Wrong point omni, the correct one is this: Jobs said that he wants no layers in between hardware and the code, BUT his own ObjC runtime and his iPhone OS IS THIS LAYER ALREADY. Now if you look at MonoTouch this is just a replacement of ObjC runtime and language with .Net runtime and language. Please note that MonoTouch is technically NOT AN ADDITIONAL LAYER on top of what Apple engineers write. It's just ANOTHER LAYER that _REPLACES_ Apple's layer.

Therefore Jobs is lying here. Technically he's wrong and looks like everyone knows this, maybe even himself.

Or else... there's still a possibility that he wanted to say something else but since he's more a business guy and less technical maybe he's missed something... I think this is unlikely, more like he's just covering his tracks again.


RE: we've been there before?
By rocky12345 on 4/12/2010 1:58:35 PM , Rating: 2
Wow those are some good points I never thought I would agree with you Mr pirks but this time I do. Holy wow lol.


RE: we've been there before?
By Sazabi19 on 4/12/2010 3:55:21 PM , Rating: 2
Holy shit Pirks account must have been hijacked... he essentially denied his messiah *jaw agape*


RE: we've been there before?
By DominionSeraph on 4/12/2010 4:02:26 PM , Rating: 4
Holy cow, what's next: reader1 with a 5?


RE: we've been there before?
By mcnabney on 4/13/2010 10:33:43 AM , Rating: 2
No. Not even that. Well, maybe if Reader1 posted a suicide note...

jk


RE: we've been there before?
By omnicronx on 4/12/2010 4:31:29 PM , Rating: 2
quote:
Jobs said that he wants no layers in between hardware and the code,
Well, he never actually said that. (as you explained, most likely because that particular statement was dubbed down)

Jobs:
"We’ve been there before, and intermediate layers between the platform and the developer ultimately produces sub-standard apps and hinders the progress of the platform"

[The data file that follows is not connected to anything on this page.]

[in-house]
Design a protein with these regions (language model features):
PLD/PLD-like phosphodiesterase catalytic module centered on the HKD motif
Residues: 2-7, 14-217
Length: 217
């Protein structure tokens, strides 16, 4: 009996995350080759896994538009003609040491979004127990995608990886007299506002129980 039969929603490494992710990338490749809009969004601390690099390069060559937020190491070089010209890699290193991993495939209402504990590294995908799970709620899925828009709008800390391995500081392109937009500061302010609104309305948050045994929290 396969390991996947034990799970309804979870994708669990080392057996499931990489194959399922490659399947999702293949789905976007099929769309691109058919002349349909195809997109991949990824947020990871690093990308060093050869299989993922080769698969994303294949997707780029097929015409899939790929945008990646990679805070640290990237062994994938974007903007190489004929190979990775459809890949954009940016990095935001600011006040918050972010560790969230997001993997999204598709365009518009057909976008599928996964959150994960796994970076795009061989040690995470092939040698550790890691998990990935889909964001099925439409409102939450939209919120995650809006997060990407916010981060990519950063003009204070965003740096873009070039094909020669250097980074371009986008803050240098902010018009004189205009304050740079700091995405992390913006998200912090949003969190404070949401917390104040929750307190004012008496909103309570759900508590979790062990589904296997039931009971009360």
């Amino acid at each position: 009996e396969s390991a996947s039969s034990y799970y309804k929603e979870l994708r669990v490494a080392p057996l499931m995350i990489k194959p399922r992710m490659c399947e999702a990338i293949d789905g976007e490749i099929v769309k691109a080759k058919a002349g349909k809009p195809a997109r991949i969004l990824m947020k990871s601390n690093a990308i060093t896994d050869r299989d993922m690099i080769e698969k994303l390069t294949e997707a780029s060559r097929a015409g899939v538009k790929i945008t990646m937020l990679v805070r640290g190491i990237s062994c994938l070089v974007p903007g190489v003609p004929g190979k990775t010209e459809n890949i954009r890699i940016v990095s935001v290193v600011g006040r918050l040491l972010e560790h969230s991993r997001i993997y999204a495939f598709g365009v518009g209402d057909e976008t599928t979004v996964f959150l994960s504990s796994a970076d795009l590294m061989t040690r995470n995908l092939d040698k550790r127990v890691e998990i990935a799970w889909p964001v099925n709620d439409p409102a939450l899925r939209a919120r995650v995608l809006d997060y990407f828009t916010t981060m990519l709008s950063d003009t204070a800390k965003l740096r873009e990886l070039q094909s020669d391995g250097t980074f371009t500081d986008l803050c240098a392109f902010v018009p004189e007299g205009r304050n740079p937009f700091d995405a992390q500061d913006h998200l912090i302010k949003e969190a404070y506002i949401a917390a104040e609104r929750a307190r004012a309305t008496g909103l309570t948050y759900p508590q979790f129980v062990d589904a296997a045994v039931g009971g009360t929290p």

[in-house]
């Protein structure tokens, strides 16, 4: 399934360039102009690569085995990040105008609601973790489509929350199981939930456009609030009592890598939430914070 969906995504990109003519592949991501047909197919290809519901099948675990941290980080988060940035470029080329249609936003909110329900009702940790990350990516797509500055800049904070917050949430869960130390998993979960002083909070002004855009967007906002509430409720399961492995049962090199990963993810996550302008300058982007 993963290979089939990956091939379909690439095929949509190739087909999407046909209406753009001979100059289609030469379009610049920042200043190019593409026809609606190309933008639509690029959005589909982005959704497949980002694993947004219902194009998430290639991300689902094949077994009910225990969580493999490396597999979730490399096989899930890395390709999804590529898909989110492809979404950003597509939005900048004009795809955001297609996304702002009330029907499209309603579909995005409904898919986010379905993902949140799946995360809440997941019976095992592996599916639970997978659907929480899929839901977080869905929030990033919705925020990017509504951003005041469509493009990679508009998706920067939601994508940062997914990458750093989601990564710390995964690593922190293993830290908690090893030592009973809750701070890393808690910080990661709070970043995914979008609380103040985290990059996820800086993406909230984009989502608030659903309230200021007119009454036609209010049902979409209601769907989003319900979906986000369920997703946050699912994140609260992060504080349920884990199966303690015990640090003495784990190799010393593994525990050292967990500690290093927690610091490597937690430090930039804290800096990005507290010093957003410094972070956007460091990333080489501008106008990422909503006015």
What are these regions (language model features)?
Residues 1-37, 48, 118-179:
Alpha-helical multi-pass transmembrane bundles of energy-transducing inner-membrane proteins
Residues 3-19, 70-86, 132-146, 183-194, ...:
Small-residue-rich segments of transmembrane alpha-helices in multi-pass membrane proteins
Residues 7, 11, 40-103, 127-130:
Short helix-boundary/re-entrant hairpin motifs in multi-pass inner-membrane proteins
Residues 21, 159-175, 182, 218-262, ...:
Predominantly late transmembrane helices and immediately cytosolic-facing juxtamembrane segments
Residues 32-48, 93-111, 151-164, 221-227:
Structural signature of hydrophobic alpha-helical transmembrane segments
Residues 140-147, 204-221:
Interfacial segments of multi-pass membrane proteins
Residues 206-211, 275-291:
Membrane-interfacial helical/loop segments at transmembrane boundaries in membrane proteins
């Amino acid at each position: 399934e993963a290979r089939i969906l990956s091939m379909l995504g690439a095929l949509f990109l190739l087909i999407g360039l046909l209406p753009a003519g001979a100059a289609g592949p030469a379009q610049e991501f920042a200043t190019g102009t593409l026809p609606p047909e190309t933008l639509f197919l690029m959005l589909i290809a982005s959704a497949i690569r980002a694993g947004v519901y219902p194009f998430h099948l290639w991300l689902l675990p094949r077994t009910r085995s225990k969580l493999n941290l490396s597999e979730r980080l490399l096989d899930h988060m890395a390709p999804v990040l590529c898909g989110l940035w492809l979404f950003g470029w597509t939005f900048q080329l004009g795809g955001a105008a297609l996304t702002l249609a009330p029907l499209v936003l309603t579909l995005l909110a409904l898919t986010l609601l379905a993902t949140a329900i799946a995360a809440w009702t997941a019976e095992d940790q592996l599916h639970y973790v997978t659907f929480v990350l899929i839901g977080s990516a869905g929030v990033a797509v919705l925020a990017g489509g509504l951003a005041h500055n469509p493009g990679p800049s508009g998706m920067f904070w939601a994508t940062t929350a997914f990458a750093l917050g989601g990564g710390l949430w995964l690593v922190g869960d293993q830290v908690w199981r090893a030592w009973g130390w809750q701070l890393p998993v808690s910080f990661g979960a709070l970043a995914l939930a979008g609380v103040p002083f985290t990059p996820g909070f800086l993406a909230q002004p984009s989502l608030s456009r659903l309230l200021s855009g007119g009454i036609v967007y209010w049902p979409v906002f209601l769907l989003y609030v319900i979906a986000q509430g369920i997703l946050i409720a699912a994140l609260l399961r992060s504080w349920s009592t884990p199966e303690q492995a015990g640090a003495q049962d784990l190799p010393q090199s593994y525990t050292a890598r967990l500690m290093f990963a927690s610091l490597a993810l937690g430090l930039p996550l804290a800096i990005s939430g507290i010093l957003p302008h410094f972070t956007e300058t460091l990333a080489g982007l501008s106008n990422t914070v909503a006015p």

If you actually read the posts, he endorses this article here for its explination: http://daringfireball.net/2010/04/why_apple_change...

Its specifically mentions a layer ontop of Cocoa Touch and also considering Jobs praised the blog, it kind of confirms that Apple is wanting to control the mobile apps environment by making the Cocoa Touch APIs the defacto standard.

Good ideas though and nice post ;)


RE: we've been there before?
By Pirks on 4/12/2010 5:40:31 PM , Rating: 2
Ya I misunderstood Jobs and his post, he indeed does not want anything on top of his API, and MonoTouch and similar frameworks are on top so no place for them now. This is going to reduce iPhone app code bloat but it's not going to make iPhone apps really hard to port to other platforms, in the long run. All it takes is to develop a crossplatform framework in ObjC or C++ that emulates iPhone API on other platforms. Voila, cross platform development and the code that's 100% legal from the point of view of new Apple SDK EULA. Both birds killed with one stone.

Now, who's going to develop such an SDK? This is a huge task, not sure anyone has enough capital, the only candidate is Google but they won't bother since they have Android.

Looks like a nice theoretical idea about how to circumvent the new Apple's restrictions but not practically achievable due to huge $$$/manpower requirements


RE: we've been there before?
By superPC on 4/12/2010 8:47:41 PM , Rating: 2
RE: we've been there before?
By NanoTube1 on 4/14/2010 3:25:12 PM , Rating: 2
Pirks rating = 5? O_o

The rapture is near!!


RE: we've been there before?
By mostyle on 4/19/2010 7:37:21 AM , Rating: 2
Now I'm waiting for a Microsoft released Linux distro that has a fully working transparent API layer..

If Pirks can get a 5... It could happen.

-T


"Young lady, in this house we obey the laws of thermodynamics!" -- Homer Simpson














botimage
Copyright 2014 DailyTech LLC. - RSS Feed | Advertise | About Us | Ethics | FAQ | Terms, Conditions & Privacy Information | Kristopher Kubicki